Ultraviolet Fluorescence to Identify Navel Oranges with Poor Peel Quality and Decay

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  • 1 1San Joaquin Valley Agricultural Sciences Center, USDA ARS, Parlier, CA 93648
  • 2 2Western Regional Research Center, USDA ARS, Albany, CA 94710

Navel oranges (Citrus sinensis) were sorted into four groups under ultraviolet illumination in commercial packinghouse black light rooms based upon the amount of fluorescence visible on each fruit to determine if fluorescence was predictive of peel quality. The groups corresponded to fruit with 1) little or no fluorescence (group 0), 2) low fluorescence (group 1), 3) moderate fluorescence (group 2), and 4) large fluorescent areas (group 3) that were indicative of developing decay lesions. Identification and elimination of group 3 fruit in black light rooms is a common practice now, but the other groups pass through these rooms. Six tests were conducted over a 2-year period during different times in the mid to late navel orange season. Fruit were visually evaluated for peel quality within 24 hours of their initial segregation into fluorescence groups and again following 3 weeks of storage at 15 °C. Peel quality assessment was based upon commercial grading practices, and the fruit were placed into fancy, choice, juice, or decay classes. Fruit with low to no peel fluorescence (groups 0 and 1) had numerous fancy-grade fruit and few juice- and decay-grade fruit in comparison with the other two groups. In contrast, fruit with moderate fluorescence (group 2) were of poor peel quality. In the initial evaluation, this group had 28% fewer fancy fruit and 19% more juice fruit than did group 0. During storage, group 2 fruit declined markedly in quality and numerous fruit of group 2 in the choice and juice classes decayed; the percentage of decayed fruit increased from 1% initially to 29% after 3 weeks of storage. Navel oranges in group 3, with numerous and obvious fluorescent decay lesions, mainly consisted of either juice grade or decayed fruit; 70% of group 3 decayed after 3 weeks. In addition to removing fluorescing fruit that have obvious indications of decay (group 3), it would be advantageous to remove or otherwise recognize that fruit with moderate levels of fluorescence (group 2) are also of lower quality and that they should not be selected for long storage or distant transport. Their identification may be most practical with an automated system using machine vision and ultraviolet illumination.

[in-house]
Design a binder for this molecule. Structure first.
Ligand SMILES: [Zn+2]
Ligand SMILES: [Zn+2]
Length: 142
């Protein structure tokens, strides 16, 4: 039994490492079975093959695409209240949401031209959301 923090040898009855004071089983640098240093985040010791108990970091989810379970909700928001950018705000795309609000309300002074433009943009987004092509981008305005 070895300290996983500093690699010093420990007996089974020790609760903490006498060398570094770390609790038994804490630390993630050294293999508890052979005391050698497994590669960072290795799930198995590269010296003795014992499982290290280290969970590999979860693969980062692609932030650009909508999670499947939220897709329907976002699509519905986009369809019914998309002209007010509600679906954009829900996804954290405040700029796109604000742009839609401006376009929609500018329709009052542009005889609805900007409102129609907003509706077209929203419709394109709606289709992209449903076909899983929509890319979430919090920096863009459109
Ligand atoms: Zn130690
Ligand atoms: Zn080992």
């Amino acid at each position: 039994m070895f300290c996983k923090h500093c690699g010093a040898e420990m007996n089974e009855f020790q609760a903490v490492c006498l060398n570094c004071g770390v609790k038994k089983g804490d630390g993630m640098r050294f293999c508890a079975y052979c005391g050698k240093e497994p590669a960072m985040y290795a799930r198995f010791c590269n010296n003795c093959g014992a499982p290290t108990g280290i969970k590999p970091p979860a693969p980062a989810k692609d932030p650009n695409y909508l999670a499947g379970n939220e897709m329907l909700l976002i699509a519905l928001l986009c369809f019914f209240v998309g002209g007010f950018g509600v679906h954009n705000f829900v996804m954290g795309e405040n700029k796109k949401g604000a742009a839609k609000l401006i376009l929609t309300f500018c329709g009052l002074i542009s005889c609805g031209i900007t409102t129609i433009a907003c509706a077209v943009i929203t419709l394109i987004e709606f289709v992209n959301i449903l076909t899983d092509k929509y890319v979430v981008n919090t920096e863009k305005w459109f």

Abstract

Navel oranges (Citrus sinensis) were sorted into four groups under ultraviolet illumination in commercial packinghouse black light rooms based upon the amount of fluorescence visible on each fruit to determine if fluorescence was predictive of peel quality. The groups corresponded to fruit with 1) little or no fluorescence (group 0), 2) low fluorescence (group 1), 3) moderate fluorescence (group 2), and 4) large fluorescent areas (group 3) that were indicative of developing decay lesions. Identification and elimination of group 3 fruit in black light rooms is a common practice now, but the other groups pass through these rooms. Six tests were conducted over a 2-year period during different times in the mid to late navel orange season. Fruit were visually evaluated for peel quality within 24 hours of their initial segregation into fluorescence groups and again following 3 weeks of storage at 15 °C. Peel quality assessment was based upon commercial grading practices, and the fruit were placed into fancy, choice, juice, or decay classes. Fruit with low to no peel fluorescence (groups 0 and 1) had numerous fancy-grade fruit and few juice- and decay-grade fruit in comparison with the other two groups. In contrast, fruit with moderate fluorescence (group 2) were of poor peel quality. In the initial evaluation, this group had 28% fewer fancy fruit and 19% more juice fruit than did group 0. During storage, group 2 fruit declined markedly in quality and numerous fruit of group 2 in the choice and juice classes decayed; the percentage of decayed fruit increased from 1% initially to 29% after 3 weeks of storage. Navel oranges in group 3, with numerous and obvious fluorescent decay lesions, mainly consisted of either juice grade or decayed fruit; 70% of group 3 decayed after 3 weeks. In addition to removing fluorescing fruit that have obvious indications of decay (group 3), it would be advantageous to remove or otherwise recognize that fruit with moderate levels of fluorescence (group 2) are also of lower quality and that they should not be selected for long storage or distant transport. Their identification may be most practical with an automated system using machine vision and ultraviolet illumination.